I know exactly when I started to write. It was Friday 23rd April 2004. I was walking to work and suspect my mind was already relaxing, preparing for the weekend. As I dodged the rush hour traffic a story unfolded before my eyes, so vivid and compelling I knew I must write it down. I arrived at work in a lather, desperate to find scrap paper, and in a frenzy scribbled down the scenes as they had occurred.
This had never happened to me before and it was a little odd. I’d grown up with an over-active imagination but it was usually commandeered into the service of my neuroses. There was no space for stories unless they centred around me. It was more fantasy than imagination.
So why did I suddenly start to write? And it was sudden – the classic bolt from the blue (Uranus was opposing my natal Sun, astrology fans!).
The story centred around a woman trying to find her way out of a confusing situation, and after I’d written it all down I realised it was based on a Buddhist concept – the six realms of samsara. I had been reading ‘The Tibetan Book of Living and Dying’ by Sogyal Rinpoche and it must have gone to my head. In an attempt to process and understand this complex Buddhist cosmology my unconscious had created a waking dream.
Up to this point my creativity had been channelled into music. I was blinkered by minims and crotchets. I used to say, “Oh, no. I could never write a book,” all the while my fantasy life whirled about me. There’s nothing wrong with fantasy, it’s just I was lost in it. Writing means I’m now actively engaged with fantasy instead of passively watching, powerless in the face of my fears, self-doubt and self-aggrandisement. Now I’m cooperating, building an imaginal life, creating a meaningful container, a soul.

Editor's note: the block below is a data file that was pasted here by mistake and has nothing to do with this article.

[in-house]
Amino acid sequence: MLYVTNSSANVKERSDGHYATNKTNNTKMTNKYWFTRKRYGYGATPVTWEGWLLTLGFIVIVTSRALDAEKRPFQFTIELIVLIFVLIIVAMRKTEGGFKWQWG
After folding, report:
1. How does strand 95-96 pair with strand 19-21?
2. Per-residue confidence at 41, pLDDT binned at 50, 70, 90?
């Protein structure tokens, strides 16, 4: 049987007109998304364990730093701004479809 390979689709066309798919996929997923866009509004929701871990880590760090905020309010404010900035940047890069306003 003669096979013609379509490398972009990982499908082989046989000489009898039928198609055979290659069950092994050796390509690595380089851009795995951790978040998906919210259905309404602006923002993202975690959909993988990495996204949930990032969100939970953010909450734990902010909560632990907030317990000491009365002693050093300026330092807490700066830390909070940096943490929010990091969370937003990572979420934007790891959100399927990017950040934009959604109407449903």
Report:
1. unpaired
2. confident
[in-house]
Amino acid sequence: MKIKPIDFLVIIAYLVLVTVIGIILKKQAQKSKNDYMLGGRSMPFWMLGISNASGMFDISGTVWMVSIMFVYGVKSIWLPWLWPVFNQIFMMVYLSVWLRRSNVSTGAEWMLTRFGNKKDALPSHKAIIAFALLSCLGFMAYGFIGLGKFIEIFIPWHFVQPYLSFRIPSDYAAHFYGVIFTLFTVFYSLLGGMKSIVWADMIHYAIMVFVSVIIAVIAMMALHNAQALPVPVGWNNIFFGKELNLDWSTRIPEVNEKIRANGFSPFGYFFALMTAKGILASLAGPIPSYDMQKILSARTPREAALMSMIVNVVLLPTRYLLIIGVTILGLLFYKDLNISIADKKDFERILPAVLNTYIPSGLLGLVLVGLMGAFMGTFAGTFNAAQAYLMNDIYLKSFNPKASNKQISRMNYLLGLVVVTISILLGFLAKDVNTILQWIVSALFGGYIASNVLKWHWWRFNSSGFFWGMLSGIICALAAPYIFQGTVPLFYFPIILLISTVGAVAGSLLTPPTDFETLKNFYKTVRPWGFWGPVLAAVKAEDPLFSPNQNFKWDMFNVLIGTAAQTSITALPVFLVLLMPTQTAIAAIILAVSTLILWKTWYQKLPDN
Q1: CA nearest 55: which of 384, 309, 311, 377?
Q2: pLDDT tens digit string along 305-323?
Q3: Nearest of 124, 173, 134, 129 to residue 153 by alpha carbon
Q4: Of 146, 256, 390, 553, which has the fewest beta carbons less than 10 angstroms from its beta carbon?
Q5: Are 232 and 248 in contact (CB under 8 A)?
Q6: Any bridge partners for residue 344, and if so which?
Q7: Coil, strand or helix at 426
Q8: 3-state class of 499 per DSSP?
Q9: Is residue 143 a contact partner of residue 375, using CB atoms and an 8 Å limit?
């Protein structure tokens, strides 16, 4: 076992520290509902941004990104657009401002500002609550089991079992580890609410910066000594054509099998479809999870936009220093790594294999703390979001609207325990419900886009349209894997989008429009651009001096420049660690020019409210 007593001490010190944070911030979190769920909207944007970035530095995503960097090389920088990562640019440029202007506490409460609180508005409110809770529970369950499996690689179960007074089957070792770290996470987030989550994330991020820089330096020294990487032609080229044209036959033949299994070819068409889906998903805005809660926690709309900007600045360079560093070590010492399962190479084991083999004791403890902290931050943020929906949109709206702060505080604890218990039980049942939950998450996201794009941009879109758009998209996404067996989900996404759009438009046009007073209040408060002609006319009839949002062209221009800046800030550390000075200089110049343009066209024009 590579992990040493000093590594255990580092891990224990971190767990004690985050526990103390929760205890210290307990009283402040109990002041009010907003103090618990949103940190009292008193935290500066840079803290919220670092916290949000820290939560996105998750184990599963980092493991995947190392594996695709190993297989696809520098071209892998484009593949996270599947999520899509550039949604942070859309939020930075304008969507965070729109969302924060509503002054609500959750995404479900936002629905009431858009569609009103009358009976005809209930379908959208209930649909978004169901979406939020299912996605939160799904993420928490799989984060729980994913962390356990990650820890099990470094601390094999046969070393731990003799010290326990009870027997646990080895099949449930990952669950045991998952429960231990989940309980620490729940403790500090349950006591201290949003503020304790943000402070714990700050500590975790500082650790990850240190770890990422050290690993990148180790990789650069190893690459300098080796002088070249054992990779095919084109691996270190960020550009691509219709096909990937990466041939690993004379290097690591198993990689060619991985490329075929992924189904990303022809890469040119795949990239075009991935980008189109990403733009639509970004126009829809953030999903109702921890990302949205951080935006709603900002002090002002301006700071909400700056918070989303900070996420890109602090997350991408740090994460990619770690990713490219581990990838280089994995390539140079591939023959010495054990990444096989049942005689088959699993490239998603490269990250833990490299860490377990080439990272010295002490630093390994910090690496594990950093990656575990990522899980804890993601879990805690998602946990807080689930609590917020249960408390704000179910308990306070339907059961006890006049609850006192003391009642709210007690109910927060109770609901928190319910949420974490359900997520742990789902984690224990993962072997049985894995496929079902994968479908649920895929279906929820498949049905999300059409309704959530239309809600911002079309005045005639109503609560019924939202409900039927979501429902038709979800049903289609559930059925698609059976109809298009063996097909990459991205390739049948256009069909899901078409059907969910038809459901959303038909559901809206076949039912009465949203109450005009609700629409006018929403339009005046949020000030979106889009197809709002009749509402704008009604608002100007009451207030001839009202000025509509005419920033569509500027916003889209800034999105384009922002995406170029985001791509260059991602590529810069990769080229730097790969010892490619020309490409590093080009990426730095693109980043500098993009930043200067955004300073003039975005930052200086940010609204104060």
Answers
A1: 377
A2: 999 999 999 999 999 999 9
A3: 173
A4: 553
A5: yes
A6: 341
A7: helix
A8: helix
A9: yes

Writing liberates my mind, just as imagination frees my pen. Instead of wallowing in the mulch, I find myself transforming; the planted seeds no longer neglected and rotting but sprouting, spreading out and reclaiming the garden.
So here are my top 5 reasons to write, in no particular order:
- Self-revelation and the quest for self-knowledge
- To make my life meaningful
- To communicate something useful
- To inspire (hopefully)
- Because if I don’t write I get cranky and a nasty black ooze seeps from my brain, dribbles out of my ears and makes a mess of my shirt.
Thanks to those of you who took the time to comment or email your reasons. Here are some highlights..
Sandra Hill writes: ‘Because it’s free! Along with swimming and travel if you are a wrinkly. You do not need a partner.’
Jeremy Armstrong writes: ‘Love of words; To entertain; To inspire; To feed the soul; To understand life, and our role within it; And finally, to pay the rent (that’s six, I never could edit)’
And Dominic Moloney writes:
- ‘I have an insatiable urge to write, which is a compulsion really (and definitely not for therapeutic reasons).
- Stories in prose, poetry, or script provide me with what life can’t – an organised encapsulation of the ancient form of ‘the story’.
- I have a lifelong passion for reading which translates into a passion for writing.
- I love words – words on a page, the sounds they make in my head, the rhythm, the power, the humour and the intricacies of words laid out on a page.
- Writing gives an opportunity to meet other writers and I like people who are creative and write.’
Whatever the reason, keep writing..